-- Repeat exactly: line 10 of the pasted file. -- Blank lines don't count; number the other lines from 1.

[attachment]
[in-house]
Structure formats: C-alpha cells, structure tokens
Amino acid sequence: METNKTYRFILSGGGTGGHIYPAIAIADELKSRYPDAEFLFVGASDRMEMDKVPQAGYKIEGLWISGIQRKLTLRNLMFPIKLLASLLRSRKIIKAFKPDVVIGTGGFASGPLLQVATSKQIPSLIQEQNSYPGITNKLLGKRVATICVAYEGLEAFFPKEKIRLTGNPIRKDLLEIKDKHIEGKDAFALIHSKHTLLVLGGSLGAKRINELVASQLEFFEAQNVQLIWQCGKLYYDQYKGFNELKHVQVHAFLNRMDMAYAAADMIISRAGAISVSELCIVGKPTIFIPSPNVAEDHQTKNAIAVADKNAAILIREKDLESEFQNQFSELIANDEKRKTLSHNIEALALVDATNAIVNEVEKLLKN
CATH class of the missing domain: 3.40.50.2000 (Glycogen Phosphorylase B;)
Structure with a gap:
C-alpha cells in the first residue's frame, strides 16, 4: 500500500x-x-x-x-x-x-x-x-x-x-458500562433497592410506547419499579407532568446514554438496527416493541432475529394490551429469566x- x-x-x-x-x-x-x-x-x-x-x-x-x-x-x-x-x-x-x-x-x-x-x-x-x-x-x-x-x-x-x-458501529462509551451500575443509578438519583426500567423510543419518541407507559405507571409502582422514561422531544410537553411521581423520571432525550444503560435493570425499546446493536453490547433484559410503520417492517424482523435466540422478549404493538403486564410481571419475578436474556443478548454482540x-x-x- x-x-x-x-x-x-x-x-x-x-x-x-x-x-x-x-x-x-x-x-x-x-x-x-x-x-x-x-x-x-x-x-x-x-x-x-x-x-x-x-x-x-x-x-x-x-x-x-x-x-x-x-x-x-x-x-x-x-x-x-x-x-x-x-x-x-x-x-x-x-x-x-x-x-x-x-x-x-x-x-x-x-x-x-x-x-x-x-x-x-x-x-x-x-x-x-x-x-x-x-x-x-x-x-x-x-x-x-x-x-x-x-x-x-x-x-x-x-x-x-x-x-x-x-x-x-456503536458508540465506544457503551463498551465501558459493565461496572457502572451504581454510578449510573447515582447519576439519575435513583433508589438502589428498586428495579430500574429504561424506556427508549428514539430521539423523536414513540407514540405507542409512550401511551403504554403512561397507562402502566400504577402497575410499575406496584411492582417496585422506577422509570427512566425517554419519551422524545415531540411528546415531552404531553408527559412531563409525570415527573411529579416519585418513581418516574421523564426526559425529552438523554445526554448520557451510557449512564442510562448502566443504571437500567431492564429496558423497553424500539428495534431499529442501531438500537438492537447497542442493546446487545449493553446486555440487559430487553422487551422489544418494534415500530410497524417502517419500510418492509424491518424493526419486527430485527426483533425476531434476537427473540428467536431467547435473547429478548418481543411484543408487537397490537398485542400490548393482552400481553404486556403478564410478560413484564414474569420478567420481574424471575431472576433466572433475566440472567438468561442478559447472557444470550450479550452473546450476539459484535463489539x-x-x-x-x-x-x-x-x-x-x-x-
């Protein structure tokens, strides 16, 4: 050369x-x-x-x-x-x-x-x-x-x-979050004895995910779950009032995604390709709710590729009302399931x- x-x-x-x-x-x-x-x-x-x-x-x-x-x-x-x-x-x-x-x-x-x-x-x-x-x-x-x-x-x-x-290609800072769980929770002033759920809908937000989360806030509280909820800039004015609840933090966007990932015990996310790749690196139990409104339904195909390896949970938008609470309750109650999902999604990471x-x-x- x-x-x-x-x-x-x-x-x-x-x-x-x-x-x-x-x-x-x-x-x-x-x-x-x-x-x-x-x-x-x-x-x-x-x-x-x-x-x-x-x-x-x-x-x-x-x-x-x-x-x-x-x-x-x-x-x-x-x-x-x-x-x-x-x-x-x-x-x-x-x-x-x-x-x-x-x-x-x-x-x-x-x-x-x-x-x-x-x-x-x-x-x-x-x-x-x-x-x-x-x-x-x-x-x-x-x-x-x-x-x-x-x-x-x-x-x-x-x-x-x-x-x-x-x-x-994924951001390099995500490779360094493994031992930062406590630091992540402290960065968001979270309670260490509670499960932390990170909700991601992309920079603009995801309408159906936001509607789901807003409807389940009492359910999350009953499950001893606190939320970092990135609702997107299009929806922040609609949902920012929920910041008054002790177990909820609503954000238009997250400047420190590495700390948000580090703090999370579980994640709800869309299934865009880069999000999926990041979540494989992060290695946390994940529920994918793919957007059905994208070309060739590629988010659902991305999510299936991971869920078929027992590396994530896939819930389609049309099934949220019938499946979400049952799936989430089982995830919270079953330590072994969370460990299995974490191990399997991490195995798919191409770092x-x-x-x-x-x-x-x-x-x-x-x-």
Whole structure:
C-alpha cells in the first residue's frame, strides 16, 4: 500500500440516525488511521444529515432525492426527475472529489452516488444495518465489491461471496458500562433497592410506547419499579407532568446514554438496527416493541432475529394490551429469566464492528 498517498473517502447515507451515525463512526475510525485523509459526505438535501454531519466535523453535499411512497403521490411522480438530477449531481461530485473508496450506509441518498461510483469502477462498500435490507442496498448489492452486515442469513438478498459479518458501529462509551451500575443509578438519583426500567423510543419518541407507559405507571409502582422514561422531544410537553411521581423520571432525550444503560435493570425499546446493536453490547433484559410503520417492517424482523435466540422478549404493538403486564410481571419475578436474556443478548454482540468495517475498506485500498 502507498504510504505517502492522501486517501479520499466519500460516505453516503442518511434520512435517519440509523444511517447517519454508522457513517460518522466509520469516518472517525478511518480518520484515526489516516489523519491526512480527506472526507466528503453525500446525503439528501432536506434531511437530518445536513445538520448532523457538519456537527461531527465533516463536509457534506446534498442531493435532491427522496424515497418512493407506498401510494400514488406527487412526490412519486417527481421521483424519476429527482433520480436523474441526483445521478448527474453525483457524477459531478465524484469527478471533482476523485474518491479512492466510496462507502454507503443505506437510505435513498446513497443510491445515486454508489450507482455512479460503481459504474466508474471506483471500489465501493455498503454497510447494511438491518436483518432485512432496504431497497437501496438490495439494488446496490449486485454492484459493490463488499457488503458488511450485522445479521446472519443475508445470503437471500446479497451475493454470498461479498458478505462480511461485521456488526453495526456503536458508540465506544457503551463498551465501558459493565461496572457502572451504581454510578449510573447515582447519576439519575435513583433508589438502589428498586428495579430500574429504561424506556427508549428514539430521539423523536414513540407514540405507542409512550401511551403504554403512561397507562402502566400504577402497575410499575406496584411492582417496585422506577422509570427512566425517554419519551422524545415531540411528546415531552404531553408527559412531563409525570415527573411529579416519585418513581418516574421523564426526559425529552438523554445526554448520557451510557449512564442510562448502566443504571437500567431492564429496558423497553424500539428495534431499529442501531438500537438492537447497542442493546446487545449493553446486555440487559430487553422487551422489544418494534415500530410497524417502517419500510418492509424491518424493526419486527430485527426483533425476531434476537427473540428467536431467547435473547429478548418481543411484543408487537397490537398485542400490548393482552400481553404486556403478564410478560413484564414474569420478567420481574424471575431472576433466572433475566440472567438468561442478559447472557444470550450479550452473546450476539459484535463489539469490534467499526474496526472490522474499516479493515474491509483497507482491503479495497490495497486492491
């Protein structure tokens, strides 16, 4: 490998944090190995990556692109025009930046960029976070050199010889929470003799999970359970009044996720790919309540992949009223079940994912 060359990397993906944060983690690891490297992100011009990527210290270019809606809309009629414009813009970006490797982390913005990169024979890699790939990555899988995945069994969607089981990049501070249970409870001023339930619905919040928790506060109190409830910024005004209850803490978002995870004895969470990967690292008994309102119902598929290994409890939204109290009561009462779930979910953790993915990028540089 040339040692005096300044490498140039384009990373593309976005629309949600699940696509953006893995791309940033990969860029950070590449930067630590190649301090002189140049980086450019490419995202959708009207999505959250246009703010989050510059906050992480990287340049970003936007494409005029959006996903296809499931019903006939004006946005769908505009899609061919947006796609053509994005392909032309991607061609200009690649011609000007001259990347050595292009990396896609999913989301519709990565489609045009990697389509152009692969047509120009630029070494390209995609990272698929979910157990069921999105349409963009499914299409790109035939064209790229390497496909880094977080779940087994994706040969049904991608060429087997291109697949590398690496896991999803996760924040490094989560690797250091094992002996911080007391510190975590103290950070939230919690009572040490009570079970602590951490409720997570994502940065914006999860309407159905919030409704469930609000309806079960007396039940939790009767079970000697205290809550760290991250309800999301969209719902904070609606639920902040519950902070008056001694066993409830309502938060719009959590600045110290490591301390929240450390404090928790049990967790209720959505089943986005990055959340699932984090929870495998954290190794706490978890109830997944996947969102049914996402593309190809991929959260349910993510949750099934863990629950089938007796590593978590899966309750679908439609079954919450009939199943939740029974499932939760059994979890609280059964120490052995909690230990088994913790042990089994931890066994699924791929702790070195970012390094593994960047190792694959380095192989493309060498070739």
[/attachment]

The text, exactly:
């Protein structure tokens, strides 16, 4: 490998944090190995990556692109025009930046960029976070050199010889929470003799999970359970009044996720790919309540992949009223079940994912 060359990397993906944060983690690891490297992100011009990527210290270019809606809309009629414009813009970006490797982390913005990169024979890699790939990555899988995945069994969607089981990049501070249970409870001023339930619905919040928790506060109190409830910024005004209850803490978002995870004895969470990967690292008994309102119902598929290994409890939204109290009561009462779930979910953790993915990028540089 040339040692005096300044490498140039384009990373593309976005629309949600699940696509953006893995791309940033990969860029950070590449930067630590190649301090002189140049980086450019490419995202959708009207999505959250246009703010989050510059906050992480990287340049970003936007494409005029959006996903296809499931019903006939004006946005769908505009899609061919947006796609053509994005392909032309991607061609200009690649011609000007001259990347050595292009990396896609999913989301519709990565489609045009990697389509152009692969047509120009630029070494390209995609990272698929979910157990069921999105349409963009499914299409790109035939064209790229390497496909880094977080779940087994994706040969049904991608060429087997291109697949590398690496896991999803996760924040490094989560690797250091094992002996911080007391510190975590103290950070939230919690009572040490009570079970602590951490409720997570994502940065914006999860309407159905919030409704469930609000309806079960007396039940939790009767079970000697205290809550760290991250309800999301969209719902904070609606639920902040519950902070008056001694066993409830309502938060719009959590600045110290490591301390929240450390404090928790049990967790209720959505089943986005990055959340699932984090929870495998954290190794706490978890109830997944996947969102049914996402593309190809991929959260349910993510949750099934863990629950089938007796590593978590899966309750679908439609079954919450009939199943939740029974499932939760059994979890609280059964120490052995909690230990088994913790042990089994931890066994699924791929702790070195970012390094593994960047190792694959380095192989493309060498070739």